The United Nations System of Environmental Economic Accounting defines the “Environmental Goods and Services Sector” as: “areas of the economy engaged in producing goods and services for environmental protection purposes, as well as those engaged in conserving and maintaining natural resources.” Working in these sectors would be considered a green job.
The International Labour Organization (ILO) defines the term as “decent jobs” that help to “preserve or restore the environment, be they in traditional sectors such as manufacturing and construction, or in new, emerging green sectors such as renewable energy and energy efficiency.”
The ILO also said green jobs improve energy and raw materials efficiency, limit greenhouse gas emissions, minimise waste and pollution, protect and restore ecosystems and support adaption to the effects of climate change.
While there is some crossover in these definitions, the ONS is still working on a definition they can use to accurately count the number of green jobs in the UK.
What are examples of green jobs?
There are hundreds of examples of green jobs – far too many to list here.
They range from environmental protection and environmental law to biologists working directly to preserve nature or architects and construction workers using sustainable materials to craft new buildings and homes. But just because you work in a green industry, it does not mean you are doing a green job. For instance, the Office for National Statistics used the example of an environmental educator who is required to fly regularly for their work as a deliberation on what should be a green job.
Think tank The Green Alliance said in a recent study that working in coastal restoration, tree planting and developing urban green spaces could see 16,000 jobs brought to 126 of Britain’s communities hit hardest by the Covid-19 pandemic. That means manufacturing or industrial jobs would be replaced with green alternatives.
The think tank suggested developing the quality and quantity of urban parks could create 11,000 jobs in traditional working class areas such as County Durham, Copeland and Wolverhampton, for example. Or seagrass planting could help coastal communities with a higher proportion of workers on furlough like the Isle of Wight.
Why are green jobs important?
Green jobs offer the opportunity to solve two problems at once: the ongoing employment crisis driven by Covid-19 and the climate emergency.
The UK Government has pledged to reach net-zero on carbon emissions by 2050 and that means some jobs with a high carbon footprint are going to have to disappear or change to hit that goal.
So focusing on these jobs now, which have a longer lifespan, will offer greater stability in the future as well as boosting the environment.
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That’s why environmental campaigners, such as Hannah Martin, co-director of the Green New Deal UK, are calling for green jobs to play a huge role in how the UK Government deals with the climate and employment crises following the Covid-19 pandemic.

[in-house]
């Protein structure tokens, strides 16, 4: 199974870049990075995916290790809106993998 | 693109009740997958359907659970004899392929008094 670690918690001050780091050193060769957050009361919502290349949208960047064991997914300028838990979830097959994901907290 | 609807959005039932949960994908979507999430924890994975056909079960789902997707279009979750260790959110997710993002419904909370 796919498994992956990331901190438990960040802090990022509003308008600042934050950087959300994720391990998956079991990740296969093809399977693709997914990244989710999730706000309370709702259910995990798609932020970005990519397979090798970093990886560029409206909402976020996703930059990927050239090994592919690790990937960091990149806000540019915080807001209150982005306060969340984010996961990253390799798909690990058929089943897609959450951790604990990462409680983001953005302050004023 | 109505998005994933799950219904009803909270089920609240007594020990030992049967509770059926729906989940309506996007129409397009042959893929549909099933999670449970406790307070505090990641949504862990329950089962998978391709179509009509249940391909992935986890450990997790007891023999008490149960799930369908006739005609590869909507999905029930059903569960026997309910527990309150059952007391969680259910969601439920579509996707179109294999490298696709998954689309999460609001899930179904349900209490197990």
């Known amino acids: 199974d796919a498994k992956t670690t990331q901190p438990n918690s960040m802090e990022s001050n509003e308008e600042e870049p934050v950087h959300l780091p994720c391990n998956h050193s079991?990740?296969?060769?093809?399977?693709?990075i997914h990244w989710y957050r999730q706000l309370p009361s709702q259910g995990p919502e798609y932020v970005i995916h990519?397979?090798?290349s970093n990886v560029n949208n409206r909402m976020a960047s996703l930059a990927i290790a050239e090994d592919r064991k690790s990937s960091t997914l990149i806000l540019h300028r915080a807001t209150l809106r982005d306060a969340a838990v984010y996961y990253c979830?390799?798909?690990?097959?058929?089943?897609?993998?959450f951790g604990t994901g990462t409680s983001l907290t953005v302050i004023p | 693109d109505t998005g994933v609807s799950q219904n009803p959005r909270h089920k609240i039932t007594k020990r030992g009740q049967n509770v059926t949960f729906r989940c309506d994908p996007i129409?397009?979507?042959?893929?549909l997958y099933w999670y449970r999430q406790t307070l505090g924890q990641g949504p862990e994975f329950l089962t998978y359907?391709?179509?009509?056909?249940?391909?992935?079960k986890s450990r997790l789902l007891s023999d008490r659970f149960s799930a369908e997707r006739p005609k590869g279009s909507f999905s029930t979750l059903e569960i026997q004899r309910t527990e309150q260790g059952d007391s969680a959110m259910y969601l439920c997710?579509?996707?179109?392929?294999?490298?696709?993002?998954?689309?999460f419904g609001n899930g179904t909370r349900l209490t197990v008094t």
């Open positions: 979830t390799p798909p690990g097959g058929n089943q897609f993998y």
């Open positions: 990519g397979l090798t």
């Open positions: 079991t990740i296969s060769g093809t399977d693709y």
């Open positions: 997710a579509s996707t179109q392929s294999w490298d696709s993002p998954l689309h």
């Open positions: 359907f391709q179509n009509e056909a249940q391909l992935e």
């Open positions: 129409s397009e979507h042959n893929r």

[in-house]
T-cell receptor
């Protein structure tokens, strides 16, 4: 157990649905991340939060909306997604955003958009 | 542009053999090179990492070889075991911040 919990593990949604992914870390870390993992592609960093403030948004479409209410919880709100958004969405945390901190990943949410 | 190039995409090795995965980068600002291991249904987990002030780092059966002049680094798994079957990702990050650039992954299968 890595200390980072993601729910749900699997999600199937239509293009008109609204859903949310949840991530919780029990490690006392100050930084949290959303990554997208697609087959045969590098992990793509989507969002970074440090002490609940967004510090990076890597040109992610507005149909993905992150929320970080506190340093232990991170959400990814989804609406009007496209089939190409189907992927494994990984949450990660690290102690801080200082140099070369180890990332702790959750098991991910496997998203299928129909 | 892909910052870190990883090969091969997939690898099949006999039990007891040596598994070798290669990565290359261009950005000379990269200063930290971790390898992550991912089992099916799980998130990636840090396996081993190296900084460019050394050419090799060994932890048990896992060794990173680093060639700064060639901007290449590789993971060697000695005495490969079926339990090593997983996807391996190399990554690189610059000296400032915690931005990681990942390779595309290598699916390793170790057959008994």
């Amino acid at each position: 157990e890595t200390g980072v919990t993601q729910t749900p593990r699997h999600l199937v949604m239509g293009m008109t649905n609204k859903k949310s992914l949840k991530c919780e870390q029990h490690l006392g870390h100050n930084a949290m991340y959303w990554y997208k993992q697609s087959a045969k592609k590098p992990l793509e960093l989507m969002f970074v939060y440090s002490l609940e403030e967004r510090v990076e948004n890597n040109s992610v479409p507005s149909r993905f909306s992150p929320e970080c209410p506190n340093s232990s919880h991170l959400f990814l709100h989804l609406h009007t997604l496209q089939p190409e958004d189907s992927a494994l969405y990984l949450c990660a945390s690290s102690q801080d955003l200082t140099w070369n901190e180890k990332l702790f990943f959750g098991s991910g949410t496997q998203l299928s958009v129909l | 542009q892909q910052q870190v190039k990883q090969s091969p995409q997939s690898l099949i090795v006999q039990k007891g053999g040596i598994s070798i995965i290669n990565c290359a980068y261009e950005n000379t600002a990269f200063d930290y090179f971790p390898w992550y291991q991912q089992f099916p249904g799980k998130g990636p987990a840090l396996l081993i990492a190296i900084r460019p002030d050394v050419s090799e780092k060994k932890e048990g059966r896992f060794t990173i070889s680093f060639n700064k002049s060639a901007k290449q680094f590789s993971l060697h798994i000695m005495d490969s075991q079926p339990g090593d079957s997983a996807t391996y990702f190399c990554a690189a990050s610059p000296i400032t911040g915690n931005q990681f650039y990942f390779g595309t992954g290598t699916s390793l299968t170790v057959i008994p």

“Green jobs are win-win,” she told The Big Issue. “We’re in an unemployment crisis and also in a climate crisis, an inequality crisis. If you look at those things together, it’s no wonder that people across the UK are angry and want more.
“We need massive investment in a green new deal to tackle these things now before it’s too late. Our research showed we could create enough green jobs to cover those lost during the pandemic permanently.”
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How many green jobs are there in the UK?
There were 202,100 full-time jobs in the UK low-carbon and renewable energy economy in 2019 just before the Covid-19 pandemic, according to Office for National Statistics figures. This figure is down on the 235,900 recorded in 2014.
However, the UK government has promised to boost the number of green jobs as part of their ‘Ten Point Plan’ to deliver a ‘Green Industrial Revolution in the UK. That includes a £12 billion investment to support up to 250,000 green jobs. A Green Jobs Taskforce was set up in November 2020 to work on creating the new roles.
Announcing the plan, Prime Minister Boris Johnson said: “We long ago proved that green and growth can go hand-in-hand. So let us meet the most enduring threat to our planet with one of the most innovative and ambitious programmes of job-creation we have known.”
How can I find green jobs?
There are plenty of ways to search for green jobs.
First of all, Green New Deal UK’s free tool is useful to find out how many green jobs are in your area and how many could be created in the future through UK Government investment.
Searching for green jobs in job websites such as Indeed, Reed or Monster can also be helpful while there are also dedicated jobs boards just for green jobs, including the aptly named Green Jobs.
The Big Issue’s Ride Out Recession Alliance is working to prevent unemployment following the Covid-19 pandemic as well as helping people who have lost their job during the pandemic to get back on their feet. Have a look at The Big Issue’s jobs board or call The Big Issue’s jobs helpline to find a new role or how you can retrain to fit more sustainable roles.
Sign up to The Big Issue’s RORA toolkit to boost your employment prospects too, with a free 3-month digital subscription to The Big Issue magazine, discounted courses with FutureLearn and access to a weekly newsletter packed with hints, tips and advice on how to secure your next job.